Johannesburg - With just over a month before underworld boss Radovan Krejcir makes his next appearance in court, on the periphery a battle is playing out which could result in a collapse of the State’s case against the Czech fugitive.
Allegations have surfaced that Colonel Nkosana “Killer” Ximba, one of the top crime intelligence police officers in the team investigating Krejcir, was probed for perjury.
But police sources allege the leak of that information is one of many attempts by people on Krejcir’s alleged payroll to discredit officers involved in the investigation.
The Sunday Independent was reliably informed that Ximba, a known ally of suspended crime intelligence head Richard Mdluli, allegedly told the police management that he did not have a criminal record for reckless and negligent driving.
Ximba had allegedly committed the offence in 1999 while he worked at the Vosloorus police station.
When he applied for the post at crime intelligence in 2010, he stated in the application form that he had never been convicted of any crime.
But a case of perjury was registered at Kempton Park police station last year, and then transferred to Pretoria.
Detectives linked to the head office have been probing the allegations of perjury since January last year, but are yet to arrest him.
However, spokesman Solomon Makgale, when given the case number earlier this week, said the case was closed in March last year and was considered “false”.
He would not say who was being investigated, as suspects can only be named once they appear in court and plead.
Makgale said it was clear that attempts were being made to distract investigators from their work.
“We are not going to entertain stories from faceless sources that are clearly aimed at casting aspersions on the good work the police have done in ensuring that Krejcir and others are arrested,” he said.
Ximba would not comment when contacted this week.
Krejcir is facing charges of kidnapping, assault and attempted murder, along with Desai Luphondo and Hawks members Samuel Modise “Saddam” Maruping and Machache George Jeff Nthoroane.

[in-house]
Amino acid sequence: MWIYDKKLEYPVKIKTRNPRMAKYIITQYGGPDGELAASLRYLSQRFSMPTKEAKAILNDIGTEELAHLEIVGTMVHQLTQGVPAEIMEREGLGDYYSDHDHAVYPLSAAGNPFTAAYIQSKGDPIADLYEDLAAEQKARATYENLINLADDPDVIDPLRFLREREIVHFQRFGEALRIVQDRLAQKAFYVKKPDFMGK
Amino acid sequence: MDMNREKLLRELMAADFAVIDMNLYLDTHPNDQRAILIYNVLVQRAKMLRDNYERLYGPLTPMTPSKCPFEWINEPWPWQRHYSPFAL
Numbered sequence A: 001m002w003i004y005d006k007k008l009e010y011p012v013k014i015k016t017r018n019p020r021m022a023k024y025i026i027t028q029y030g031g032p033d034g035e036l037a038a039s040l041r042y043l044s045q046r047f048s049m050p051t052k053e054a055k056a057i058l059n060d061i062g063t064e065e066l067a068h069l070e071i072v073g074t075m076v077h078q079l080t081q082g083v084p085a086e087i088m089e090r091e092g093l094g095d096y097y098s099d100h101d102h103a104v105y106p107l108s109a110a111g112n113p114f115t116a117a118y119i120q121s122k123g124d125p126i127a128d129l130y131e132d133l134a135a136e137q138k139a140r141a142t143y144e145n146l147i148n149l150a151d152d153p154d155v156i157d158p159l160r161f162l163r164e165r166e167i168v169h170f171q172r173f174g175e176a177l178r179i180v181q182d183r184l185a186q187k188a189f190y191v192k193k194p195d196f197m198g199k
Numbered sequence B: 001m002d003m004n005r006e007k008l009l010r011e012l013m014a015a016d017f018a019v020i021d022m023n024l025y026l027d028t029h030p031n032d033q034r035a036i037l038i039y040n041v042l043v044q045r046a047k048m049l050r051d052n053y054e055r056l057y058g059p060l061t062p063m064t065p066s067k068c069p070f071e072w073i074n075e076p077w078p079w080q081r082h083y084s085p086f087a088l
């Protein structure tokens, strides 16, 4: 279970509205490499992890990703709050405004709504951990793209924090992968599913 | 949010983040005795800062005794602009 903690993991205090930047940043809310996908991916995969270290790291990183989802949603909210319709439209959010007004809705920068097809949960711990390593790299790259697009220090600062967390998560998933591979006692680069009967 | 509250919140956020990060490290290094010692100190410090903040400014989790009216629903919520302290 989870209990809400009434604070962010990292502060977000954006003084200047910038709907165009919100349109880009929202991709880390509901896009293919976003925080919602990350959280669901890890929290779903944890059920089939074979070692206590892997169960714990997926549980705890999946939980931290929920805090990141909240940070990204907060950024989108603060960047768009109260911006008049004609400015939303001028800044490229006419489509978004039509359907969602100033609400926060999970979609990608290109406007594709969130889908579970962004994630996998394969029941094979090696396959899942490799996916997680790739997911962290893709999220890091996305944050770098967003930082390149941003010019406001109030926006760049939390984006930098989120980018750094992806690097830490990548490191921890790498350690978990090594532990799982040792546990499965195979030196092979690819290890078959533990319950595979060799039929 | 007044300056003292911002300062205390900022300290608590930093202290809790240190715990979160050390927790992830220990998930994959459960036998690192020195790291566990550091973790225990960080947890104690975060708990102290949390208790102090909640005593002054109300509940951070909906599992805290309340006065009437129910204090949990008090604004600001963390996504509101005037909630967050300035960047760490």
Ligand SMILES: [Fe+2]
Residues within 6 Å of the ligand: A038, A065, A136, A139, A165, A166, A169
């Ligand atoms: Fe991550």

They were arrested last month in relation to an incident in June, in which they allegedly kidnapped and assaulted a man whose brother disappeared with a 25kg shipment of tik he had been recruited to help smuggle through OR Tambo International Airport in June. They deny all charges against them.
At Krejcir’s most recent appearance in the Germiston Magistrate’s Court last week, his bail application was dismissed. Luphondo was released on R10 000 bail, while Maruping and Nthoroane had theirs fixed at R5 000 each. Krejcir’s lawyer, Eddie Classen, said he had no personal knowledge of allegations about investigations into Ximba, but he had heard about them.
They did not use the allegations in Krejcir’s bail application last week, so he “did not know” about it hampering the investigation. There was also no truth in allegations that people on Krejcir’s payroll were interfering with the investigation.
In the week of the court appearance, Ximba’s past came to the fore when City Press reported that he had a history of torturing suspects, had a criminal record, and was unfit to be a policeman.
The report emerged after Luphondo accused Ximba of strangling him with a plastic bag to elicit a confession from him.
Krejcir’s legal team had asked for a copy of the affidavit, but the State argued that handing over the confession – allegedly made by Luphondo – could jeopardise their case.
Luphondo’s lawyer, Andre Steenkamp, told the court that Ximba had beat the confession out of Luphondo, and that a “shadow was now falling over the State’s case”.
The request was dismissed, and the court ruled that the State was allowed to keep the confession.
The Sunday Independent has been told that the defence teams were likely to use Ximba’s past as a second “shadow” on the State’s case.
Ximba was arrested with Mdluli in 2011 for the murder of Oupa Ramogibe, the husband of Mdluli’s lover, Tshidi Buthelezi, but the charges against them were dropped.
Should Ximba’s criminal record come up in court, it would not be the first time that a police officer’s past impacted on a court case.